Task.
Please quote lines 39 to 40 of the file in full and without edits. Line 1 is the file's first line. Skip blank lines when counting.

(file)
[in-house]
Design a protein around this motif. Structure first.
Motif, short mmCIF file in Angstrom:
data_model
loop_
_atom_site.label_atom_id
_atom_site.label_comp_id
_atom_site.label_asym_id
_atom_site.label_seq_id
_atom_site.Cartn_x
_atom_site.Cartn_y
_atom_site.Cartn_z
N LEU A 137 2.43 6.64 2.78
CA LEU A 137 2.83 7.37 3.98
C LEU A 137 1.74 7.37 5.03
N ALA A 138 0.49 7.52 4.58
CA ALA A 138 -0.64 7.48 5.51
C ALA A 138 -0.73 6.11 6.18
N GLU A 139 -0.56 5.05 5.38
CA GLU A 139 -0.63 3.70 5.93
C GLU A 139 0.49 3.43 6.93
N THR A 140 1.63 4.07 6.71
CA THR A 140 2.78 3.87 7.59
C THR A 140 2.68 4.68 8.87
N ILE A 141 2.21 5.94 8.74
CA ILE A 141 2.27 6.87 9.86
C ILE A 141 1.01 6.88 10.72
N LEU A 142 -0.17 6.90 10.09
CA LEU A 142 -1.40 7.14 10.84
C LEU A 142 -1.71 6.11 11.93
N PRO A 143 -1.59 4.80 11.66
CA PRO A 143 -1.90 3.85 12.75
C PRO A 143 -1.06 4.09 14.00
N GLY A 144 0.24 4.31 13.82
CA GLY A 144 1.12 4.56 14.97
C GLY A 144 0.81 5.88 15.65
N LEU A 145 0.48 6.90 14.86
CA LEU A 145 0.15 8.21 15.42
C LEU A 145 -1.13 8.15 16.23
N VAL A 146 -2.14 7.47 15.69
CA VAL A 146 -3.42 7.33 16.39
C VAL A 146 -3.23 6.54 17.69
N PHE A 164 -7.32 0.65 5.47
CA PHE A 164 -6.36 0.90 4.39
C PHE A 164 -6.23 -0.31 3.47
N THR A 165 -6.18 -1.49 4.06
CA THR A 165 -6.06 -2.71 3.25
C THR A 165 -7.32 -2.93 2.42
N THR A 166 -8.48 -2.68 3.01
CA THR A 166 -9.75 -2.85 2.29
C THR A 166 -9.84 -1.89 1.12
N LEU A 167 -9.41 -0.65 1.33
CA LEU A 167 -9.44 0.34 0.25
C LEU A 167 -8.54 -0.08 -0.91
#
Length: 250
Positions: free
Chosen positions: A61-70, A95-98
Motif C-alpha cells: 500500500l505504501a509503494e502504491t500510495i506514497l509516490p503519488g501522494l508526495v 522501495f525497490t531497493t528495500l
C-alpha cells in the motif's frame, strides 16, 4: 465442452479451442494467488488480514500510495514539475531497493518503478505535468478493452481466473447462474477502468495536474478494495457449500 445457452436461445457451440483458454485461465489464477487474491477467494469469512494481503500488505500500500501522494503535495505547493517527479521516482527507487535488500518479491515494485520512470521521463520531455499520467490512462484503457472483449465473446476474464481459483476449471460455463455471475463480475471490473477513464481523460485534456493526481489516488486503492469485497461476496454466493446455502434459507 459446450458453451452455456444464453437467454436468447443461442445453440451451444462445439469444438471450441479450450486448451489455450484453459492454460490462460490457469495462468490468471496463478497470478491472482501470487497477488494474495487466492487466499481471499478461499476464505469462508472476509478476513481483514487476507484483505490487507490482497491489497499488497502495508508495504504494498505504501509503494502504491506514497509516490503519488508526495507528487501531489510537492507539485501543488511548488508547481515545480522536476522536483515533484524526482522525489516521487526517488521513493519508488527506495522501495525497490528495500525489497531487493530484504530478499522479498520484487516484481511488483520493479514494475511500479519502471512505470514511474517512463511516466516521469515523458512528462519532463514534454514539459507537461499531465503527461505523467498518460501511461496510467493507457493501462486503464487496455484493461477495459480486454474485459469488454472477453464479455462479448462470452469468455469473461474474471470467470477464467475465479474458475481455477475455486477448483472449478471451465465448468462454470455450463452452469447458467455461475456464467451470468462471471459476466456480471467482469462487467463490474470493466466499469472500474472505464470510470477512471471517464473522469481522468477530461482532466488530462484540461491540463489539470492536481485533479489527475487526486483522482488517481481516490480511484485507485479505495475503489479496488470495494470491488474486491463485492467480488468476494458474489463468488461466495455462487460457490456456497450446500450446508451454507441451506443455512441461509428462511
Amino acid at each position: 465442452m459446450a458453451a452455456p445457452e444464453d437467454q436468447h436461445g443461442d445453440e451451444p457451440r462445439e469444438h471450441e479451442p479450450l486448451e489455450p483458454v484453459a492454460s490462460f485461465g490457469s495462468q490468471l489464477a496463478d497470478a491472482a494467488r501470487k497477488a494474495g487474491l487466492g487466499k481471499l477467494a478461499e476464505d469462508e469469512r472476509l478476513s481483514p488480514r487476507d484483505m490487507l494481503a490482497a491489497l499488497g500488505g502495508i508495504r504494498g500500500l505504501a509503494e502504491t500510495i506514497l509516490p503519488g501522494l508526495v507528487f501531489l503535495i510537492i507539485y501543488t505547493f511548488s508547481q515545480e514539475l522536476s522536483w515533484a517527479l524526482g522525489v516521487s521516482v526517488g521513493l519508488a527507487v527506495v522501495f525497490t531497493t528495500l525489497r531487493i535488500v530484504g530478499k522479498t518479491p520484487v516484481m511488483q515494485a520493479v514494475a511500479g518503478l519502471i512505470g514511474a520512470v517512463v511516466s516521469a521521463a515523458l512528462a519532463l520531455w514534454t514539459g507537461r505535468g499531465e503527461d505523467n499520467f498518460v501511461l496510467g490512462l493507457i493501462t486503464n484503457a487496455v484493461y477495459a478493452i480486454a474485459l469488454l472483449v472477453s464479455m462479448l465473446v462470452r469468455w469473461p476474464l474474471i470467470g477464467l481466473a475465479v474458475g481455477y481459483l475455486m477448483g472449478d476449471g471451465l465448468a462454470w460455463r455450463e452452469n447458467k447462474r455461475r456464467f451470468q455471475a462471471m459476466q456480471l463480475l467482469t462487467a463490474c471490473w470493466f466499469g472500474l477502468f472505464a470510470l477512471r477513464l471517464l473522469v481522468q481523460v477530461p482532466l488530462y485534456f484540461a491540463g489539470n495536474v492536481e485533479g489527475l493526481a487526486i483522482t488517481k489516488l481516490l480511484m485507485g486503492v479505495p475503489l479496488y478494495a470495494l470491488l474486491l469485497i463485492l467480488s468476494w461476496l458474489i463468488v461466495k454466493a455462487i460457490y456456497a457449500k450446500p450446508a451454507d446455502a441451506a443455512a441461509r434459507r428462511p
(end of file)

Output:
C LEU A 145 -1.13 8.15 16.23
N VAL A 146 -2.14 7.47 15.69